Music is about sounds put together in pretty or ugly or thrilling or puzzling or a hundred other ways.  But song – singing with words – is about telling each other things that we know about being human.  Song is about sharing our human experience. This does not mean that singers are doing something more important with their music than instrumentalists.  Instrumentalists are also telling us about their humanity. It is just that the way we singers do it is a little different because we have an extra tool. Words.

From Henry Purcell’s The Indian Queen:   Composed 1695

“I attempt from love’s sickness to fly, for I am myself my own fever and pain.”

From Giacomo Puccini’s La Boheme:  (my translation from Italian) Composed 1895

“Who am I? I am a poet. And what do I do? I write. And how do I live? I just live.”

From Franz Schubert’s Gretchen am Spinnrade: (my translation from German, poem by Goethe – 1814)

“When I am not with him, for me it is death.  The whole world is torn apart.”

From Claude Debussy’s, En Sourdine, 1891   Translation provided by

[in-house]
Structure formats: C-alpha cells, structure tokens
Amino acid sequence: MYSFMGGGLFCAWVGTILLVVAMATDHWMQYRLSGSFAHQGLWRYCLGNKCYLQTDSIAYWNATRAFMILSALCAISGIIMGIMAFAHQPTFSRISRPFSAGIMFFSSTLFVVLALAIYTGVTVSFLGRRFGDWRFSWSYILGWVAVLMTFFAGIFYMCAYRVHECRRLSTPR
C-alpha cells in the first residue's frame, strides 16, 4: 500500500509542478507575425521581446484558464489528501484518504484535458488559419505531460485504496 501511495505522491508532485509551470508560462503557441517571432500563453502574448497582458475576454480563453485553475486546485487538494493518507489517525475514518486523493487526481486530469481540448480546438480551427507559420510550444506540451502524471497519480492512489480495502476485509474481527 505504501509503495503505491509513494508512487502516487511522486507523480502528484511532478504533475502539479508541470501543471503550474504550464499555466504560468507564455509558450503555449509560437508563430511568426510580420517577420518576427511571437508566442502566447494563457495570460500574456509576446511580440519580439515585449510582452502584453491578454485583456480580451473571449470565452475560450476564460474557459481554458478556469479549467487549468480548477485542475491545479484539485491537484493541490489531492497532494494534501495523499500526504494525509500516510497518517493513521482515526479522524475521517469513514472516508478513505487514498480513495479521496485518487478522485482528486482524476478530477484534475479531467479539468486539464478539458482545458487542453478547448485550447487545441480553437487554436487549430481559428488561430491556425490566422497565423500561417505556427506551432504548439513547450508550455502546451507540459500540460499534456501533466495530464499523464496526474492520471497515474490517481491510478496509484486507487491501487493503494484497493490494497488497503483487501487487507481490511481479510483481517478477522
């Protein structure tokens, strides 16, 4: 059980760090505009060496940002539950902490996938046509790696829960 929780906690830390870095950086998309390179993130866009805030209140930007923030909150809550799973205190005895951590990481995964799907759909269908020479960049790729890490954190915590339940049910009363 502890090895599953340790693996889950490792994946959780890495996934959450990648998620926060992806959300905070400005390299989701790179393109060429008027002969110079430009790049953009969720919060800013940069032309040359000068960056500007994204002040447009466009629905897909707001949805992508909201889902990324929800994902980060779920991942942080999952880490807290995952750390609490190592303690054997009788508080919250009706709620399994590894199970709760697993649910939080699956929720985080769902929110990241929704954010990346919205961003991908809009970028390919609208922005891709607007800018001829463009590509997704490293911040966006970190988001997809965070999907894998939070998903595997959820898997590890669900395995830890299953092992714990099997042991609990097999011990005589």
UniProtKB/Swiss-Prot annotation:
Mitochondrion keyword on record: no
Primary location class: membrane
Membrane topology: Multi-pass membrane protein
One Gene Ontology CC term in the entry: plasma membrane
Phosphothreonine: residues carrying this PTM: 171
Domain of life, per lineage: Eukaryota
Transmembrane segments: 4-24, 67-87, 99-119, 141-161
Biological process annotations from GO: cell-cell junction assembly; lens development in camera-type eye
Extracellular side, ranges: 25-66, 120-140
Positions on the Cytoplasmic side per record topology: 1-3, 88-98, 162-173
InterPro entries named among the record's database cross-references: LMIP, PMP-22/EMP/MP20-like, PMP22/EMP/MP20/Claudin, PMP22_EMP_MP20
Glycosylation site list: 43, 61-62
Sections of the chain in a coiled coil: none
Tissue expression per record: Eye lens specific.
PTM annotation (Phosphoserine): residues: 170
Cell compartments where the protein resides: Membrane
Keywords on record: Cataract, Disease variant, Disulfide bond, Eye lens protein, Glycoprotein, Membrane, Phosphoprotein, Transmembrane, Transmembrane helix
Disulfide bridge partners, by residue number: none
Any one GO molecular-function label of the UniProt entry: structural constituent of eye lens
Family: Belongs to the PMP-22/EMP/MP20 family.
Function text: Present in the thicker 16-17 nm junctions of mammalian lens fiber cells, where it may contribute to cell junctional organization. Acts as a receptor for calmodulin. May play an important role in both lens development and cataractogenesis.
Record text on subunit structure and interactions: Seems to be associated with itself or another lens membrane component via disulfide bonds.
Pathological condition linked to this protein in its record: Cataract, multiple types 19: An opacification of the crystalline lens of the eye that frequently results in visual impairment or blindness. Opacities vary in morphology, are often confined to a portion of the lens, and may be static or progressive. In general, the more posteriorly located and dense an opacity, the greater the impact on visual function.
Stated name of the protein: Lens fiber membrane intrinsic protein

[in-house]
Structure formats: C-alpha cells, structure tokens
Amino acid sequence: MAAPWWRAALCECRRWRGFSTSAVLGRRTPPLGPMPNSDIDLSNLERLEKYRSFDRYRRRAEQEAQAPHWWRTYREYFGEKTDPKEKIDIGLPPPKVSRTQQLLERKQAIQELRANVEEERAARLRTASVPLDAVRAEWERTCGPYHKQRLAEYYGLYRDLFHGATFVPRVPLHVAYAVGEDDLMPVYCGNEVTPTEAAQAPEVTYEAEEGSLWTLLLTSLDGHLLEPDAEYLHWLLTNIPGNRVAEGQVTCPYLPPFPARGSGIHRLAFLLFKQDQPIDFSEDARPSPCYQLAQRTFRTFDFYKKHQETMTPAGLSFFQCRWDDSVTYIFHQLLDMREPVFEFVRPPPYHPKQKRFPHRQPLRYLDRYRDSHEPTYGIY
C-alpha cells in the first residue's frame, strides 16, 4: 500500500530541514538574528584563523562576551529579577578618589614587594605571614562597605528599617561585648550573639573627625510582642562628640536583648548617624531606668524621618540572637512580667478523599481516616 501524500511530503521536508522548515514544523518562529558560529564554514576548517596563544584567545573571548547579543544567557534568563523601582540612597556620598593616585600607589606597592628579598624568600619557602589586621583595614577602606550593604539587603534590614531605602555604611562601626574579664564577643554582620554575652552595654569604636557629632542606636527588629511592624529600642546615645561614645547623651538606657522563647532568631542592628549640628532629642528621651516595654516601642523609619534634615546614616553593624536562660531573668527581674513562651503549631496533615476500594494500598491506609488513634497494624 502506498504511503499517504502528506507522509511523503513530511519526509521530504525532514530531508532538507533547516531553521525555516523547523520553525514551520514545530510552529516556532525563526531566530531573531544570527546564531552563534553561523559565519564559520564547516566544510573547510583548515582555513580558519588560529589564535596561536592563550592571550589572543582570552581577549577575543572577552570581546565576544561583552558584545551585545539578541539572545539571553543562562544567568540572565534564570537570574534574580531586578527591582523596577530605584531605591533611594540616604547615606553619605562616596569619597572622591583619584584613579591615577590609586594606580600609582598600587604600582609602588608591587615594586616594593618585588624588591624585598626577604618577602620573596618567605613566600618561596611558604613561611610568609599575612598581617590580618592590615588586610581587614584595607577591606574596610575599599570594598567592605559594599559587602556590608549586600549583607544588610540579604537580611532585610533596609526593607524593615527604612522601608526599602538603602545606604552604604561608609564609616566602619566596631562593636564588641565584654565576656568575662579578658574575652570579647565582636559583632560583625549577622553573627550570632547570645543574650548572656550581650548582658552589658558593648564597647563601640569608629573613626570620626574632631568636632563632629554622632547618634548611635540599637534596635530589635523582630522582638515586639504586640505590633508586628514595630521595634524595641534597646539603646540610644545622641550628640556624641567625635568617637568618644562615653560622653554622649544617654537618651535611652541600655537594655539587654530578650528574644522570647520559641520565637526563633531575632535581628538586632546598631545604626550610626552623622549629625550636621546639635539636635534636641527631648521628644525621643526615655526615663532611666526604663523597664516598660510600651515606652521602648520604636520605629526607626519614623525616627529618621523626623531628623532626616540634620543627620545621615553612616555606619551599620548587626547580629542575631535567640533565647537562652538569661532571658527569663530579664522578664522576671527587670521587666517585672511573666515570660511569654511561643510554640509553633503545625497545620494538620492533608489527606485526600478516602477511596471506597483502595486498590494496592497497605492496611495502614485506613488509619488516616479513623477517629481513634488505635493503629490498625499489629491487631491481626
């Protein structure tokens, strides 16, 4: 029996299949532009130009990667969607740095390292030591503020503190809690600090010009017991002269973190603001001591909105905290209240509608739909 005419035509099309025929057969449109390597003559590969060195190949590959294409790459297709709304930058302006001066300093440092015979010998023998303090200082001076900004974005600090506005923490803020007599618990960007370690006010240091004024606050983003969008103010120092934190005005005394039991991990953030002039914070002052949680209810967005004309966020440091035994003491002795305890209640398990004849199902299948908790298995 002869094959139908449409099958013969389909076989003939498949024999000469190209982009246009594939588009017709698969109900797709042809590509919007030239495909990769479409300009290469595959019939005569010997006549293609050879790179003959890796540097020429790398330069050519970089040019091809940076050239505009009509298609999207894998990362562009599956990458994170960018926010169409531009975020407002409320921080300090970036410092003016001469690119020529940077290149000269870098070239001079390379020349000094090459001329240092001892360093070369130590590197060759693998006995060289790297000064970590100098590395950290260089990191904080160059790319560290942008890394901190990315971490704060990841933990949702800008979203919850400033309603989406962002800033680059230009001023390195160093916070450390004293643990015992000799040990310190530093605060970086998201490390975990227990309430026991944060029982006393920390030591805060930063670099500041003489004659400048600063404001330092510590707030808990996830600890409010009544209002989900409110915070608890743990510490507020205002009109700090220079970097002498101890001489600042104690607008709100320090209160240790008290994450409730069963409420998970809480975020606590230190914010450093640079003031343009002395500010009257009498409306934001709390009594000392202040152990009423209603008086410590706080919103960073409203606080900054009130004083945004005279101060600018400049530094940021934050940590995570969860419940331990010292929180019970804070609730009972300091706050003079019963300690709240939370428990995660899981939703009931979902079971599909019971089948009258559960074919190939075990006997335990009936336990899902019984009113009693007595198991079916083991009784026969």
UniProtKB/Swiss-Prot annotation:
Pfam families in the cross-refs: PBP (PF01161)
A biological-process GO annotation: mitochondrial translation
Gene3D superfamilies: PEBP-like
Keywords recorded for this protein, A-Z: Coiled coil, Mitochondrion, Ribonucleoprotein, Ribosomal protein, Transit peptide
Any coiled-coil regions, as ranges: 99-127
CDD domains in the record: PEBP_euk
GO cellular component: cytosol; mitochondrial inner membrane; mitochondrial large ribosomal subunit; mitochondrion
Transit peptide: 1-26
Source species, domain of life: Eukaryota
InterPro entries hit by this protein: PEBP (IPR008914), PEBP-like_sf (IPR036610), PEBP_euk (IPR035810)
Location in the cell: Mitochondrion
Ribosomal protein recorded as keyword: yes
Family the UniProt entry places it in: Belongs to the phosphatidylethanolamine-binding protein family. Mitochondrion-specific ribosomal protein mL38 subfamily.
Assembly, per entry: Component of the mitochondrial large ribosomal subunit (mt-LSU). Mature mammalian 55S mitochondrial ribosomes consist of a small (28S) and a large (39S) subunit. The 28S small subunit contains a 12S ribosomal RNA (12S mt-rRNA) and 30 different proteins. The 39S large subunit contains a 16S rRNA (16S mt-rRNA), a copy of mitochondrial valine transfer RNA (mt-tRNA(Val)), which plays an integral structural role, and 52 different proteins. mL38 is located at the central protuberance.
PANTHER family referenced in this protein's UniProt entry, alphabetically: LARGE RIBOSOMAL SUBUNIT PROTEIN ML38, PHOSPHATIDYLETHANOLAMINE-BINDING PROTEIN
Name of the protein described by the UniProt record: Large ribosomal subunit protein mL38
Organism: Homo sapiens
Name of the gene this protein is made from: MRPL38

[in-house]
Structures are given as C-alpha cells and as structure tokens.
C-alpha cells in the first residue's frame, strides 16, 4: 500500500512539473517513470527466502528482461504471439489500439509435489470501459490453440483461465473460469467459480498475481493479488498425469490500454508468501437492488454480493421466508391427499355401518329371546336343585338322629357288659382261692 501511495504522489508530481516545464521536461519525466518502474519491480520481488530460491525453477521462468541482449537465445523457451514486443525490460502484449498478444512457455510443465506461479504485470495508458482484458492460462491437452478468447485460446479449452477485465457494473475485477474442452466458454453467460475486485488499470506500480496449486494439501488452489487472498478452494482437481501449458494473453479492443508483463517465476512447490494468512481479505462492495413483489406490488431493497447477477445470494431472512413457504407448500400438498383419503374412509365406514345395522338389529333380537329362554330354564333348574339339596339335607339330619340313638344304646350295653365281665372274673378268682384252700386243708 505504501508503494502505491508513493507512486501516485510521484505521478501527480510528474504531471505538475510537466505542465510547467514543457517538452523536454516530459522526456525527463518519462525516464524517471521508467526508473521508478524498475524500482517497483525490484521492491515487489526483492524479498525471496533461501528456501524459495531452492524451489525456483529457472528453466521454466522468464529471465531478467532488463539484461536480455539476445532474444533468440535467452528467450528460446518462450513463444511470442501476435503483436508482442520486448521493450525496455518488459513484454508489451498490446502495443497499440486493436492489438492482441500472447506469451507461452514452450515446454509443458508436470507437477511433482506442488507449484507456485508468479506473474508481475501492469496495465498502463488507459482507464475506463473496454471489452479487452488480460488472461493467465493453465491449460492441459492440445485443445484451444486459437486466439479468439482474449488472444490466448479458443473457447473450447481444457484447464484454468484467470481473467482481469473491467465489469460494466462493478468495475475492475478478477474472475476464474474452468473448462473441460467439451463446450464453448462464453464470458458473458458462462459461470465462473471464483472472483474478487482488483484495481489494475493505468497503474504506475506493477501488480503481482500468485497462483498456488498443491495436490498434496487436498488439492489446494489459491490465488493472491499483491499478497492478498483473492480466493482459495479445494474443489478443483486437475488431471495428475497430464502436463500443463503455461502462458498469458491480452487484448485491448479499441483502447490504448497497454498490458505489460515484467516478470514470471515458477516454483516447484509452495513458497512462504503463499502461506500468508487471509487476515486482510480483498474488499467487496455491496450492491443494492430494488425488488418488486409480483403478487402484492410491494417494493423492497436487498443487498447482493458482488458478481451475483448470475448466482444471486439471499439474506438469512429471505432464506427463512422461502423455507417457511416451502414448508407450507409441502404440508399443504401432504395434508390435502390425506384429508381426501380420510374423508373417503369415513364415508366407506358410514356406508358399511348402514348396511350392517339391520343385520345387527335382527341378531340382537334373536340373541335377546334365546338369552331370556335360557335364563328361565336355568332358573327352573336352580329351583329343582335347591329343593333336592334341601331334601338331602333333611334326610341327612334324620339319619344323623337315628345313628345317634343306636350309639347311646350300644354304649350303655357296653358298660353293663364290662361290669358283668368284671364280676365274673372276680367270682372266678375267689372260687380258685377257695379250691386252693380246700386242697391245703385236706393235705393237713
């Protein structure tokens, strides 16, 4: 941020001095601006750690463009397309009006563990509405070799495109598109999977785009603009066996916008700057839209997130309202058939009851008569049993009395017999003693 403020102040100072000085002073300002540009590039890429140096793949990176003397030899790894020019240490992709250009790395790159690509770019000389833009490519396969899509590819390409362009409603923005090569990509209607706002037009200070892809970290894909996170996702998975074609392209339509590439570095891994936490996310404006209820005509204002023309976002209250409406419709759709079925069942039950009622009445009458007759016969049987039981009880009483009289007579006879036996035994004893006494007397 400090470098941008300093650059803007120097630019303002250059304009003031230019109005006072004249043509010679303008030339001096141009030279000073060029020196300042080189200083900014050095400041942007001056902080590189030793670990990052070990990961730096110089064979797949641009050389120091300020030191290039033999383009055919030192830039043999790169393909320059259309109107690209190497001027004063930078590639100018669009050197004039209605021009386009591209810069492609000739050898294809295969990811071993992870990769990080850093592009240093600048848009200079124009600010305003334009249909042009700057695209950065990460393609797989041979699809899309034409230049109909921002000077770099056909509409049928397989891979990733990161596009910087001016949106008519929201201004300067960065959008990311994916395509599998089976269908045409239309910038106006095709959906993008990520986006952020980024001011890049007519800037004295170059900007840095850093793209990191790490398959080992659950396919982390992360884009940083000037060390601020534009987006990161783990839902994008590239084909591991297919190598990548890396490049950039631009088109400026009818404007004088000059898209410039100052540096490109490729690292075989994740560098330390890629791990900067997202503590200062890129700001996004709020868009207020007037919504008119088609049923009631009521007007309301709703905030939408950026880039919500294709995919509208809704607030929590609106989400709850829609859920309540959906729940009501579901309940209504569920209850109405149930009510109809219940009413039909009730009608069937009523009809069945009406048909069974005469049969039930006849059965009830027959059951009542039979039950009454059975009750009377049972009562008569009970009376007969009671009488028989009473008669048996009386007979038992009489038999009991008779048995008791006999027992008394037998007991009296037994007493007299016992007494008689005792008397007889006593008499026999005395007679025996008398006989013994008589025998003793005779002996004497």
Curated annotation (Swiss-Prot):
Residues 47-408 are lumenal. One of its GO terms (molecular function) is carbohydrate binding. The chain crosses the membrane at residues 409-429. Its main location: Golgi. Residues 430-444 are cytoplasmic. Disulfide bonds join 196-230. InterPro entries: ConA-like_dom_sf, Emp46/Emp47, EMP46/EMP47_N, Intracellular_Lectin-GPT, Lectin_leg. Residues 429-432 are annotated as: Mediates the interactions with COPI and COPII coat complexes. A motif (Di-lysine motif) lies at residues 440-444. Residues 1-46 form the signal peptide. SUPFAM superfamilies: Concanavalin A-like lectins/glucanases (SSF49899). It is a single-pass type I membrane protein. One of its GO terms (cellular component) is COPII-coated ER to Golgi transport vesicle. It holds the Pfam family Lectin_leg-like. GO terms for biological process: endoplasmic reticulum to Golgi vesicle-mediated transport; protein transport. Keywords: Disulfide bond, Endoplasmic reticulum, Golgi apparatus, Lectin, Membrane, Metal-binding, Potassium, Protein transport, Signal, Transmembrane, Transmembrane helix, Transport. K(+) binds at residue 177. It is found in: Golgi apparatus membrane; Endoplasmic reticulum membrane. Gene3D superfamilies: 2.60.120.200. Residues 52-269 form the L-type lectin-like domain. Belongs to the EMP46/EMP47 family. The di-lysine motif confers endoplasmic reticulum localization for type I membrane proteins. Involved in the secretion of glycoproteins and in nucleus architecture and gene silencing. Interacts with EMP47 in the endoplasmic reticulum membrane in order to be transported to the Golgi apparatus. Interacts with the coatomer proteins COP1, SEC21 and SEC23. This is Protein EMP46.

Calm in the half-light
That the high branches make,
Let us penetrate our love
With this profound silence.
Let us melt our souls together,
our hearts and our ecstatic senses…

And on and on and on, these four off the top of my head, randomly chosen.   Suffering and comfort, pleasure and pain, sarcasm and irony, stupidity and brilliance, love and hate, all expressed in song.  Can musical instruments express these emotions?  Yes, but even so we have words at our disposal.  When you put in the words, there is no doubt.

“I just a poor, wayfaring stranger travelin’ through this world of woe,
There is no sickness, toil, or danger in that fair land to which I go.”
(Traditional American Folksong)

Anybody have doubt about what the wayfaring stranger is saying?

No doubt.

So, singing is unique. We can read the poetry with great effectiveness. We can sing a lovely or happy or sad tune with no words at all, just singing on a vowel, and it will affect our emotions. (Great composers have written such songs for singers – no words.) But when you put them together, music and words, the result is irresistible.  And that’s why everybody sings.  They may not have worked it all out in their minds, but they just know they enjoy singing.  Or, alternatively, they would enjoy singing if they didn’t think they sounded so damn bad.

So what to do about that?  The obvious answer is, “Find a singing teacher!”  Oh boy, that can be complicated. Hang in for some help with that.